Image: Netflix

Netflix may still be the undisputed leader and poster child for streaming services, but its competitors are quickly growing and having an adverse effect on its ability to increase and/or maintain its subscribers. This is made clear by the latest numbers from market-leading data and analytics firm Ampere Analysis, which suggest that Netflix has lost as much as 31 percent of its market share over the last year. While Netflix remains on top with 20 percent market share, rivals such as Amazon Prime Video (16 percent), Hulu (13 percent), and Disney+ (11 percent) are clearly gaining ground.

After a year in which streaming became even more important to millions of Americans, thanks to the coronavirus pandemic, Netflix still dominates the streaming universe in the U.S. But new data shared by Ampere Analysis with TheWrap shows that while Netflix holds 20% of the U.S. streaming market, its dominance over the rest of the streaming landscape has shrunk from 29% — a drop of nearly one third — as more services enter the market.

Source: The Wrap

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9 Comments

  1. We’ve went from outrageous cable bills with nothing to watch, to a dozen+ services, all with their own fee, with nothing to watch.
  2. We’ve went from outrageous cable bills with nothing to watch, to a dozen+ services, all with their own fee, with nothing to watch.

    Too true. I’ll say that DIsney+ has managed to incrementally keep things coming which has been nice. Prime’s always been a bit of a waffle experience. Netflix, well, we find something new maybe once or twice a month anymore. Once we binged all the new Star Trek stuff on CBS there hasn’t been much else we don’t already have or watched to death. HBO’s theatrical releases have been nice but that’s about it there. We almost never watch anything on Hulu or Peacock.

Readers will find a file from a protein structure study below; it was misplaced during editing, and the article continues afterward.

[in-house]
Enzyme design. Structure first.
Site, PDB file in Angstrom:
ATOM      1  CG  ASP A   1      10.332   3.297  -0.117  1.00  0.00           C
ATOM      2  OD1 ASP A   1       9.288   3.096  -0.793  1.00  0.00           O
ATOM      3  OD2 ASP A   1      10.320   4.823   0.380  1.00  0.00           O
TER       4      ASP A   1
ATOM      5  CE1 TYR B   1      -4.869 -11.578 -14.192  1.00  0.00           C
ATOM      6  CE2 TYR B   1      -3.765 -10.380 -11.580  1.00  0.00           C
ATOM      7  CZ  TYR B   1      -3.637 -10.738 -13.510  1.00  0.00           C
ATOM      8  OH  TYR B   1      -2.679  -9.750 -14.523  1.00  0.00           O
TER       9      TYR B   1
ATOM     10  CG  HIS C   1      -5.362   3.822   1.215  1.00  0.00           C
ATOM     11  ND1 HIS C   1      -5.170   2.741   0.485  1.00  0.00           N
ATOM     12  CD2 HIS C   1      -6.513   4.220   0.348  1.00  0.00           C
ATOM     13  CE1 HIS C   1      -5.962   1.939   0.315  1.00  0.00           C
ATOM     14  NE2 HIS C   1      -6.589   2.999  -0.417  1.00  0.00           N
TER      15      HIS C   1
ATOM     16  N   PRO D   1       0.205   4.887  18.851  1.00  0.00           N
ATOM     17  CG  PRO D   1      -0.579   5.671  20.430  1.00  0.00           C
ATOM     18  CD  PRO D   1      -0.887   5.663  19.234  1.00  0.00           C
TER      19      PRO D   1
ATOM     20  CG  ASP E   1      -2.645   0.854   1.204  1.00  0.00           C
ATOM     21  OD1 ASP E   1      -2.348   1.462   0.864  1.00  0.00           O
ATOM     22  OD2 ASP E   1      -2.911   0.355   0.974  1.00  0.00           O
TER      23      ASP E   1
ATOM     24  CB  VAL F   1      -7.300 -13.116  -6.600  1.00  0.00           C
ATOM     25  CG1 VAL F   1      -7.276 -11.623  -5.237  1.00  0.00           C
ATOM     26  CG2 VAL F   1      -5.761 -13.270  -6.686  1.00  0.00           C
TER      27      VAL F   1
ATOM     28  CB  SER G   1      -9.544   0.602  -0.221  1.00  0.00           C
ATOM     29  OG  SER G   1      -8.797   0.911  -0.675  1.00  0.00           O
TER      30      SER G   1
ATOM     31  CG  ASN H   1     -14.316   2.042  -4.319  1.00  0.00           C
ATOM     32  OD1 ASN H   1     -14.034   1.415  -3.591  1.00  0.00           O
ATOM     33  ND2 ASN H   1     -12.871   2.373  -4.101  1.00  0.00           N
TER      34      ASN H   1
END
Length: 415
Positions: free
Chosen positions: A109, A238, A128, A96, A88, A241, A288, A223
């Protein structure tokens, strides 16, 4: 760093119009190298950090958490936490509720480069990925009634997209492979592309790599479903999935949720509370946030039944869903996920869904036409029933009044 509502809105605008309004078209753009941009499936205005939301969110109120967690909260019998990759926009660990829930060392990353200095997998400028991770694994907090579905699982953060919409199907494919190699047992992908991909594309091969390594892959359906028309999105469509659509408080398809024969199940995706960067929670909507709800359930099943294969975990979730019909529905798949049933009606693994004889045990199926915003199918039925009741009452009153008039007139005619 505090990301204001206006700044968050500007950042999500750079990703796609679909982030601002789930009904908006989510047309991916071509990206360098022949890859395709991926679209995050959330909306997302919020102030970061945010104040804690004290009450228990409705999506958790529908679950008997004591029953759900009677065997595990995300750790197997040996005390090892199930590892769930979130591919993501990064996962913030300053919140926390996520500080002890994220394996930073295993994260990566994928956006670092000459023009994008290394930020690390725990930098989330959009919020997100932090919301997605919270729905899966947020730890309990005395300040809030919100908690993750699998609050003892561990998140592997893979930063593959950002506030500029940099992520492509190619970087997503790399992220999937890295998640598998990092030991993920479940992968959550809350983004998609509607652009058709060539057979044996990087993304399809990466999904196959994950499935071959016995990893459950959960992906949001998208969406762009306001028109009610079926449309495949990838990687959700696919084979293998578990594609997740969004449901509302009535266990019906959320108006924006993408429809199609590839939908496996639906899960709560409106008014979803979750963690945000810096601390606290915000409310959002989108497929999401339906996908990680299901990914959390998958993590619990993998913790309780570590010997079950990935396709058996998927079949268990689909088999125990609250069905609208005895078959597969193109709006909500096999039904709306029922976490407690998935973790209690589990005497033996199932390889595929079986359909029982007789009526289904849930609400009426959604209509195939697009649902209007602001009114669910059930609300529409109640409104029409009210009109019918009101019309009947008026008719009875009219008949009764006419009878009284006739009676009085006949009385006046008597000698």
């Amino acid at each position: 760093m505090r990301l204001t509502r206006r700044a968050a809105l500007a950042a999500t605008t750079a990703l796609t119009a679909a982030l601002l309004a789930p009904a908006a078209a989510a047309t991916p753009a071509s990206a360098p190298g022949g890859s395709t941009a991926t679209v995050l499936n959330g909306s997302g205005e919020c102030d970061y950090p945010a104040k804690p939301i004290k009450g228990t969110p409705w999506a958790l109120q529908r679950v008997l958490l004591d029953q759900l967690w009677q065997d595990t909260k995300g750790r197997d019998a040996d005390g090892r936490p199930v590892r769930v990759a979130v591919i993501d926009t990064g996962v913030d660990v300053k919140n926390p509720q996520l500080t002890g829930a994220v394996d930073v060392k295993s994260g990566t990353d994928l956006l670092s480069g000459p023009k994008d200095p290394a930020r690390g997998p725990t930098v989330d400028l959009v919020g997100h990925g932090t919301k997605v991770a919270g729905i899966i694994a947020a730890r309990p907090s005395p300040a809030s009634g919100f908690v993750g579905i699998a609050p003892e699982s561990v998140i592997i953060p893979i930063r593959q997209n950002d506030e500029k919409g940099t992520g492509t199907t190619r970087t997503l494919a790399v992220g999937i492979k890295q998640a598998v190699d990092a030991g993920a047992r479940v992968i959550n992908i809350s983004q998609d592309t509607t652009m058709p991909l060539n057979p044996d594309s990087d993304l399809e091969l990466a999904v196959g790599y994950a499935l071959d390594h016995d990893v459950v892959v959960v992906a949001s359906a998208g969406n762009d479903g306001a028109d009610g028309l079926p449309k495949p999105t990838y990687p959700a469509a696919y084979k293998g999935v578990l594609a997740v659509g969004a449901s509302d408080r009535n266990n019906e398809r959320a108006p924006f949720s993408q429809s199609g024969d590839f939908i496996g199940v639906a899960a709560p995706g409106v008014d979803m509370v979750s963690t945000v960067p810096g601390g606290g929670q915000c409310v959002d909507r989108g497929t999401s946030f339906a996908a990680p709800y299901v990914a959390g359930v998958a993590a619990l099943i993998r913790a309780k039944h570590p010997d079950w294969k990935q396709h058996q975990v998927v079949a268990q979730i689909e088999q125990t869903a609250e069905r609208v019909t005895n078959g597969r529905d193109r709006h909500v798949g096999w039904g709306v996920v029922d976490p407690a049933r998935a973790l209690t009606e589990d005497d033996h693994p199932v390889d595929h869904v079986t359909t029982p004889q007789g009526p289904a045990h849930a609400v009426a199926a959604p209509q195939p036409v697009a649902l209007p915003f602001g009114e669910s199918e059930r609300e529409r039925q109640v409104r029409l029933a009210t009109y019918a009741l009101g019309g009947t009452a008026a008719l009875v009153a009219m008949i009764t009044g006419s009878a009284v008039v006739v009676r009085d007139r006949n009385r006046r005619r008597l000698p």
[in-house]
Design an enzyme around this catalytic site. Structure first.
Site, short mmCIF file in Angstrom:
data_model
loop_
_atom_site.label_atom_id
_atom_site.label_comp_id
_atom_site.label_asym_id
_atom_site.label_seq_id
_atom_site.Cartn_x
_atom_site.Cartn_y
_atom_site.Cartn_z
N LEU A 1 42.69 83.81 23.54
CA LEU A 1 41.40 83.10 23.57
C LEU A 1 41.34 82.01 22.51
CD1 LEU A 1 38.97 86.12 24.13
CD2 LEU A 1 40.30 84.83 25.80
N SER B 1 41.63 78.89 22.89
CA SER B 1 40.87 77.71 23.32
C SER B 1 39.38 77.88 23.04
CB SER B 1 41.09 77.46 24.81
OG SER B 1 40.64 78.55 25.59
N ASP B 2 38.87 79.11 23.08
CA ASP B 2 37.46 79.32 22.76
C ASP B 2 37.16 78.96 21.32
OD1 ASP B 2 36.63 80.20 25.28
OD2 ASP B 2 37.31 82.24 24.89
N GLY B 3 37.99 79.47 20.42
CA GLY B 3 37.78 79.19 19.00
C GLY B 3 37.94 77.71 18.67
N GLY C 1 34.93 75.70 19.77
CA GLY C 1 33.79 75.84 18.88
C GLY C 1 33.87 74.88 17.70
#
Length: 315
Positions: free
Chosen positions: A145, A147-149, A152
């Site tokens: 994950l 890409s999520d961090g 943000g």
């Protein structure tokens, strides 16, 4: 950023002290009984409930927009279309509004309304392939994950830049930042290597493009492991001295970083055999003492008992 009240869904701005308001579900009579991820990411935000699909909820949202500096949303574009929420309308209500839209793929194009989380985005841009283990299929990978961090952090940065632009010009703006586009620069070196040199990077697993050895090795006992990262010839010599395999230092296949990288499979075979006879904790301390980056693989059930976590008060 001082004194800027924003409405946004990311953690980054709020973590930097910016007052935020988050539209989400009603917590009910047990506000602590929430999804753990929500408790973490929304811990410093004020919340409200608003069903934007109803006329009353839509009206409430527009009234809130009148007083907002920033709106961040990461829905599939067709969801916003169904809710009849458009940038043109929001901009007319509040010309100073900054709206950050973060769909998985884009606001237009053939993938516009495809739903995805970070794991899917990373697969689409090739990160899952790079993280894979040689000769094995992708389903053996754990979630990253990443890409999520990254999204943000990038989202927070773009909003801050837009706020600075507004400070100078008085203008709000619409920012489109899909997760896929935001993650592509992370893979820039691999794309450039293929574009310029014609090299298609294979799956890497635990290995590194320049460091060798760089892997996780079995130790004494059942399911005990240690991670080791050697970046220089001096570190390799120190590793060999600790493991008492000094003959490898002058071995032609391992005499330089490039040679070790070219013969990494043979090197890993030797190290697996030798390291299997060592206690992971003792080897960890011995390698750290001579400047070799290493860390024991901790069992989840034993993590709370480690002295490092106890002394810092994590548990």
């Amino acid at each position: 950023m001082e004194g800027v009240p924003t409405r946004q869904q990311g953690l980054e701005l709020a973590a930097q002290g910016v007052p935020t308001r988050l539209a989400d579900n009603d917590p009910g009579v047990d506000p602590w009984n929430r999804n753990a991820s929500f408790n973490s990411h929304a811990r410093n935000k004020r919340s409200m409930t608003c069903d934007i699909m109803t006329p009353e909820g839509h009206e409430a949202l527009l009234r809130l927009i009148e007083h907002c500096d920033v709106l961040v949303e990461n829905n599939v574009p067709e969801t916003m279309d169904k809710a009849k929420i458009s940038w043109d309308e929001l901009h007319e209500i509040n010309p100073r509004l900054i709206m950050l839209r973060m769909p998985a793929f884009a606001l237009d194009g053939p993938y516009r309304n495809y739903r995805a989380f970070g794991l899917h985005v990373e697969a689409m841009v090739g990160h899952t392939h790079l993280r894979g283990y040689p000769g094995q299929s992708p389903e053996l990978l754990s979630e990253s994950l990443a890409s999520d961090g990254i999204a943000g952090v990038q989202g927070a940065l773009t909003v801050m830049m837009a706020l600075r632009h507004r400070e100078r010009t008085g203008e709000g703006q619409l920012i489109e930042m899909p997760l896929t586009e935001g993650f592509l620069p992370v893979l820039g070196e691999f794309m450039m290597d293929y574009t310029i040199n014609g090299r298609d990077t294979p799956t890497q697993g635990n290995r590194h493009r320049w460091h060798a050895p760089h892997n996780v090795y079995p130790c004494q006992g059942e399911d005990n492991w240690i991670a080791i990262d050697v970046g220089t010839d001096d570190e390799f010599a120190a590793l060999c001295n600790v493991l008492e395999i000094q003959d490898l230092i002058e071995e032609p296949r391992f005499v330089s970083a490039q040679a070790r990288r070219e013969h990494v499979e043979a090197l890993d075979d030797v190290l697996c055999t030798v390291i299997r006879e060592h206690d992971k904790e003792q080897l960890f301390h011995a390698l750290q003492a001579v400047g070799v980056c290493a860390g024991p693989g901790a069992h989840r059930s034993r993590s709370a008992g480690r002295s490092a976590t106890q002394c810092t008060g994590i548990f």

3. Someone needs to look at the numbers again

    While Netflix remains on top with 20 percent market share, rivals such as Amazon Prime Video (16 percent), Hulu (13 percent), and Disney+ (11 percent) are clearly gaining ground.

    All those rivals also lost market share iso gaining

  4. Well, tons of people also cancelled their Netflix subscriptions due to the "Cuties" fiasco. That likely didn’t help as the numbers were significant on that if I recall correctly.
  5. We’ve went from outrageous cable bills with nothing to watch, to a dozen+ services, all with their own fee, with nothing to watch.

    True, but I have managed to drastically cut my bills. I get Netflix as part of cellphone plan, I get Amazon Prime as part of my normal prime, and I pay for the Disney+/Hulu/ESPN+ bundle. So, the only "direct cost" for my tv is $12.99 a month since everything else is a perk or part of normal other bill.

  6. All those rate hikes probably didn’t make them any new friends either. For a while it seemed like every year, or less, they were going up.
  7. As far as I am concerned, market share is not the interesting number.

    They were the first streaming service. At that point they had 100% market share. They could only go down from there as new entrants entered the market.

    What is more interesting is how many subscribers they have. In a growing market you can lose market share at the same time as you are growing.

  8. Lost market share is very misleading way to put it, as there is no real loss involved. It’s more like the market has become larger with more players being involved. Just because hbo max increased their share does not mean netflix has lost any actual subscribers.
  9. Lost market share is very misleading way to put it, as there is no real loss involved. It’s more like the market has become larger with more players being involved. Just because hbo max increased their share does not mean netflix has lost any actual subscribers.

    Too true. I’m not sure if they’ve released data on how many may have canceled vs how many new in the same time period and then compared that to total market share. Definitely more than a few ways to look at it.

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